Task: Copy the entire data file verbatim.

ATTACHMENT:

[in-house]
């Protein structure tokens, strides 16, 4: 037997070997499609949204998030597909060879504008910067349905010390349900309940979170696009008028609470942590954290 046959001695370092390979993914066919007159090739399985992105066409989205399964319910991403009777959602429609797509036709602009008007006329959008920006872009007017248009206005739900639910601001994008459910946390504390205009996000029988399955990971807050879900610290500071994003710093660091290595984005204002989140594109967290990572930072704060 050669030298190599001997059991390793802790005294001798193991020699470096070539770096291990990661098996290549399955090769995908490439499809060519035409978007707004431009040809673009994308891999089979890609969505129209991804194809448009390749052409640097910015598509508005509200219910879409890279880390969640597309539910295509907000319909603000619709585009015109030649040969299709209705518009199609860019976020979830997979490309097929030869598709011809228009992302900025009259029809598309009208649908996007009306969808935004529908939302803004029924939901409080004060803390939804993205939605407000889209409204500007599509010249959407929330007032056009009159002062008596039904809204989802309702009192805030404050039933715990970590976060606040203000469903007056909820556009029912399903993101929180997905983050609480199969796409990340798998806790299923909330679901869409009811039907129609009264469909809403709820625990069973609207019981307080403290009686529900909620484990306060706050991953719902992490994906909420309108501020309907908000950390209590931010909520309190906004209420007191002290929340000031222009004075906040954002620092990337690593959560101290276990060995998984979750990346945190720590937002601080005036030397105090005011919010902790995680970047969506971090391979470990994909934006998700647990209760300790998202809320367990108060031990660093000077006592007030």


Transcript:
[in-house]
């Protein structure tokens, strides 16, 4: 037997070997499609949204998030597909060879504008910067349905010390349900309940979170696009008028609470942590954290 046959001695370092390979993914066919007159090739399985992105066409989205399964319910991403009777959602429609797509036709602009008007006329959008920006872009007017248009206005739900639910601001994008459910946390504390205009996000029988399955990971807050879900610290500071994003710093660091290595984005204002989140594109967290990572930072704060 050669030298190599001997059991390793802790005294001798193991020699470096070539770096291990990661098996290549399955090769995908490439499809060519035409978007707004431009040809673009994308891999089979890609969505129209991804194809448009390749052409640097910015598509508005509200219910879409890279880390969640597309539910295509907000319909603000619709585009015109030649040969299709209705518009199609860019976020979830997979490309097929030869598709011809228009992302900025009259029809598309009208649908996007009306969808935004529908939302803004029924939901409080004060803390939804993205939605407000889209409204500007599509010249959407929330007032056009009159002062008596039904809204989802309702009192805030404050039933715990970590976060606040203000469903007056909820556009029912399903993101929180997905983050609480199969796409990340798998806790299923909330679901869409009811039907129609009264469909809403709820625990069973609207019981307080403290009686529900909620484990306060706050991953719902992490994906909420309108501020309907908000950390209590931010909520309190906004209420007191002290929340000031222009004075906040954002620092990337690593959560101290276990060995998984979750990346945190720590937002601080005036030397105090005011919010902790995680970047969506971090391979470990994909934006998700647990209760300790998202809320367990108060031990660093000077006592007030």